Objective sensory assessment is used for two main purposes. The first is frequently met when we need to describe particular aspects of quality that are important. For example, it is often necessary to know what a product after manufacture tastes like to ensure it meets market requirements. Secondly, objective assessment is used to distinguish between two or more products. This arises, for example, during sorting by eye of fish for size, or when products on a manufacturing line are being visually inspected for faults. In these examples it is not necessary to describe what the samples are like, it is sufficient to be able to recognise that they are different in some respect.

Subjective or hedonic assessment is used in product development and market research, and is largely confined to finding out what ordinary consumers think about fish products. Together with price, the hedonic responses of consumers to fish and fish products in shops and eating places are the main factors in determining sales and repeat sales. They are, therefore, of vital interest to the industry, and it is often necessary for companies to carry out surveys of consumer likes and dislikes. Sometimes companies can carry out consumer testing themselves, but because it is a specialised activity it is often carried out by market research organisations. The information obtained is useful, for example, in deciding whether the quality of fish on offer should be improved or in indicating how products should be changed to make them more attractive to purchasers.

How sensory assessment operates in practice

Informal examination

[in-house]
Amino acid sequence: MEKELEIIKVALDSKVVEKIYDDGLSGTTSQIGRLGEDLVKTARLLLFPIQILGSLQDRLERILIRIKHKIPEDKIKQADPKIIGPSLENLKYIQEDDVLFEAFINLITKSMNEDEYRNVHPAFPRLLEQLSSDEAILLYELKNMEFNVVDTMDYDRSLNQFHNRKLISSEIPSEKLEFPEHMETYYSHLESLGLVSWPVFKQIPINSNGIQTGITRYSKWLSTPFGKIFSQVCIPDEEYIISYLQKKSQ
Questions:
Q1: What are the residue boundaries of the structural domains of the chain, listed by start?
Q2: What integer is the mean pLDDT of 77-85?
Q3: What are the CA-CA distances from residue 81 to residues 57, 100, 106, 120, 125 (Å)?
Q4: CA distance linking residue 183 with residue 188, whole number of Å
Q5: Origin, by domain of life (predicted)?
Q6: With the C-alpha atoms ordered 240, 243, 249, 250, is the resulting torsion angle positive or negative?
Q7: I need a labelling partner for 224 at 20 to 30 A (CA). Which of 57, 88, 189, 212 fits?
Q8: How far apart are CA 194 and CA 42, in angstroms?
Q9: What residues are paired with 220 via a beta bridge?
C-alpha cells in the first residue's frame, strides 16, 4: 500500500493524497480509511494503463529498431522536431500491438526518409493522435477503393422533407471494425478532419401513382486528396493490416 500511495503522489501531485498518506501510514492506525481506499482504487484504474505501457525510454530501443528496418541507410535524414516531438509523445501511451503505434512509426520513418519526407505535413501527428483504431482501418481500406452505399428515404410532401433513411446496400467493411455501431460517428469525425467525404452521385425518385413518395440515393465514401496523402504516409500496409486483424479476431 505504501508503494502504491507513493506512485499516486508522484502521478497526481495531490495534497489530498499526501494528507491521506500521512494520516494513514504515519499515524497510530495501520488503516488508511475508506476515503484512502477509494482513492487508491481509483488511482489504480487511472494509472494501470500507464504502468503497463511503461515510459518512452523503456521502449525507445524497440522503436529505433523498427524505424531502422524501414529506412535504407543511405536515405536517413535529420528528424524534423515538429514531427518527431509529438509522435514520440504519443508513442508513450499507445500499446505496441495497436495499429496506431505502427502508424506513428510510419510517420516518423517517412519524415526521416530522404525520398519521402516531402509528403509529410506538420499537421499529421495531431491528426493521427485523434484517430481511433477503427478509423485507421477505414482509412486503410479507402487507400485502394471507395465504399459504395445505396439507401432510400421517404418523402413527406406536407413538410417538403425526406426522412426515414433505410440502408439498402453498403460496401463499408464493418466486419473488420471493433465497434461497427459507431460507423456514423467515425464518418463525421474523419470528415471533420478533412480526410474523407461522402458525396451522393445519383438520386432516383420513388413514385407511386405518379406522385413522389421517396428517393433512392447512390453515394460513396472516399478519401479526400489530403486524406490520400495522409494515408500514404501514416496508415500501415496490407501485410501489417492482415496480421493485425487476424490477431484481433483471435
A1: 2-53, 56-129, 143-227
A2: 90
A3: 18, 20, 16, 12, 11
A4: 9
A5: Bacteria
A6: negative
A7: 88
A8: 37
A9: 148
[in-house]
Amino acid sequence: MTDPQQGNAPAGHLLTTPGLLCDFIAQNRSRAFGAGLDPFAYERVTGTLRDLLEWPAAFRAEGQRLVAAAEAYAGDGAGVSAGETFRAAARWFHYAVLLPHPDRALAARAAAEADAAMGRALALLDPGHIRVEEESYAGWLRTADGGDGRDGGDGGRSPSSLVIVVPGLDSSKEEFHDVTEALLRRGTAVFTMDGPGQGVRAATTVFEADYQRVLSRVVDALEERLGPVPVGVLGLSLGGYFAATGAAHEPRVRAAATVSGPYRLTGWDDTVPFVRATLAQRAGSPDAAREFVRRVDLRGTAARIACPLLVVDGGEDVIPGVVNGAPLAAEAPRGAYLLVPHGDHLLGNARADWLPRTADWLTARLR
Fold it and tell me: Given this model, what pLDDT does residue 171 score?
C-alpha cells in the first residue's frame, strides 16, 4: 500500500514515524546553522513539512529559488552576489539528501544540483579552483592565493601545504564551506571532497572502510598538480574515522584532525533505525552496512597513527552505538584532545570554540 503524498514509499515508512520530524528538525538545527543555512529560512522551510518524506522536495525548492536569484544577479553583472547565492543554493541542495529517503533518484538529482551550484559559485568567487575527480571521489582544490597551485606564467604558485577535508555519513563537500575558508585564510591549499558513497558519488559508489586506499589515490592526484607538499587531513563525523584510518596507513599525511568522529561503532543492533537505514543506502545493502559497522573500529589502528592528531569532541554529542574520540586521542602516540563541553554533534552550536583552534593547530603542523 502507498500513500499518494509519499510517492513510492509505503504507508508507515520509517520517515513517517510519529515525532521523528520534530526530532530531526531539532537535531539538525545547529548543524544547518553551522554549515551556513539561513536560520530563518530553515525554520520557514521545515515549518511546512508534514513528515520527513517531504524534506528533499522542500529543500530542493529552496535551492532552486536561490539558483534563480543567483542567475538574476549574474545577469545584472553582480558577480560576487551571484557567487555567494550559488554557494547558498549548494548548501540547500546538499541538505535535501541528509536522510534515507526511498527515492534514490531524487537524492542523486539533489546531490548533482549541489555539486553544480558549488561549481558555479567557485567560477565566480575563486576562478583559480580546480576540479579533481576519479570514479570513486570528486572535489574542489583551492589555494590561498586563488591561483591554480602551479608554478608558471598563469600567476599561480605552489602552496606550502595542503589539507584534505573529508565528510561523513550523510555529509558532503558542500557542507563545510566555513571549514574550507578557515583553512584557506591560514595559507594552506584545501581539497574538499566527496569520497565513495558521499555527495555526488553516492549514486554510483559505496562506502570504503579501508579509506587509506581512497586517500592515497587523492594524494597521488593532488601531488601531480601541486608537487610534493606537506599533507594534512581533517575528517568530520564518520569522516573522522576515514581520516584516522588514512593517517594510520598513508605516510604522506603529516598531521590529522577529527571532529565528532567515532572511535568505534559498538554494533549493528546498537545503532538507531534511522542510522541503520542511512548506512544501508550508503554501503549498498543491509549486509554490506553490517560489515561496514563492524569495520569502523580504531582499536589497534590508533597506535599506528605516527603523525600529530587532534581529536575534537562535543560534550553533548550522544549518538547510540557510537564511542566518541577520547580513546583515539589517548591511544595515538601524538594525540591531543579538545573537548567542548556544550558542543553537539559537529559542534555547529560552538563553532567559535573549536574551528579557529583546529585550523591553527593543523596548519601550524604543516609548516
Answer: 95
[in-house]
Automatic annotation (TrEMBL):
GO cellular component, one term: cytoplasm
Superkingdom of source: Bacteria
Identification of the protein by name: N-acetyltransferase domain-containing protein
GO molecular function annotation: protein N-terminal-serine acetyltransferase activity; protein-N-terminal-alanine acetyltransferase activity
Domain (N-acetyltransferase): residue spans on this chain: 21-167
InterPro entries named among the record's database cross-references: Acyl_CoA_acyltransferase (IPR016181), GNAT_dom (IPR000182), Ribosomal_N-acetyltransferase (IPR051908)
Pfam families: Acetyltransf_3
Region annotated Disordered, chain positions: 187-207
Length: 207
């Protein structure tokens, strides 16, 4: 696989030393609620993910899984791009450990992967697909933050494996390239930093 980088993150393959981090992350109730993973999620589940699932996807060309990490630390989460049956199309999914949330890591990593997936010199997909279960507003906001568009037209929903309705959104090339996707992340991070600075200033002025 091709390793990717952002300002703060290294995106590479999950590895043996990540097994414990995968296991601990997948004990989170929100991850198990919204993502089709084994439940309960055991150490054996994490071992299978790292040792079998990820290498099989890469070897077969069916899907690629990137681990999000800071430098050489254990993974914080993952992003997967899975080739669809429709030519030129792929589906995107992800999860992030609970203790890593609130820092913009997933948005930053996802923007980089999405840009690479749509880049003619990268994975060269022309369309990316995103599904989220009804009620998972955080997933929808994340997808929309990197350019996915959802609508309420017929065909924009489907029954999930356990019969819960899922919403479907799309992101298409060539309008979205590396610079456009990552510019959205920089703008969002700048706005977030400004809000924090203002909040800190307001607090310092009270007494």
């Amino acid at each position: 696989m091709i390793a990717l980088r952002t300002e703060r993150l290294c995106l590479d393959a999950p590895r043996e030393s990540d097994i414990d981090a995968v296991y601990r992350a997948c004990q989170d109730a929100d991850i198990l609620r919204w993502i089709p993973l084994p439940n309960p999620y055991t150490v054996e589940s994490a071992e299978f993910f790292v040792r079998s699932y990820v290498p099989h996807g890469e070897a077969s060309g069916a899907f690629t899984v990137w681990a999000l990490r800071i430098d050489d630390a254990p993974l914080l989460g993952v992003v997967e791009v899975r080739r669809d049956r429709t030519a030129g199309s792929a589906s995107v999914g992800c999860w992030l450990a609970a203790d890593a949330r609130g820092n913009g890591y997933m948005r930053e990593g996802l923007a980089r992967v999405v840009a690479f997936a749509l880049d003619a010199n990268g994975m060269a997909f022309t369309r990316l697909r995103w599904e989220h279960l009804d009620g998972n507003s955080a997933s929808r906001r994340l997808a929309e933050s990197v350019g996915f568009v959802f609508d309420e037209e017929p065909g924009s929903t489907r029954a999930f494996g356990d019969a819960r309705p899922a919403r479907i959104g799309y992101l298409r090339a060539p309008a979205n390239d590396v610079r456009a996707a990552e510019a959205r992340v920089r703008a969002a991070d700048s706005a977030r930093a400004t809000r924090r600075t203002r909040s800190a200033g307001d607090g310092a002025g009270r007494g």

Sensory assessment begins on board the fishing vessel and continues throughout the processing and distribution chain. In many cases important decisions about quality are made on the basis of a cursory, rapid assessment. Given the quantities of fish that have to be handled, this is inevitable and is often all that is necessary.

A deckhand faced with perhaps several tonnes of mixed commercially valuable species and unwanted rubbish from a haul must quickly recognise by sight the individual fish that are to be saved and put in separate places. This is a simple but important task requiring only a little training.

A filleter would be expected to cut fillets according to standards of quality of workmanship and of yield that are set by the factory supervisor or manager, or incorporated in a specification. This is a skilled task controlled by sight and touch and accomplished only after fairly extensive training and experience. The filleter may also have to trim or "V-cut" in order to remove bones to a quality standard set by the company or customer: here the senses of sight and touch are again involved. It is often convenient for filleters and similar operatives as part of their duties to assess other aspects of quality. For example, the presence of undesirably high numbers of parasites or of off-odours and taints can be detected by sight or smell and the unacceptable fillets can be removed from the production line at an early stage. The acuity of the operative may be enhanced by aids such as a candling table to help in detecting bones and parasites. In order to accomplish these tasks a certain amount of instruction and familiarisation is required.

Degrees of freshness and deterioration

Stale, bad or putrid fish are easily recognised by sight, smell or taste, and quality assessment of fish in this condition presents little difficulty.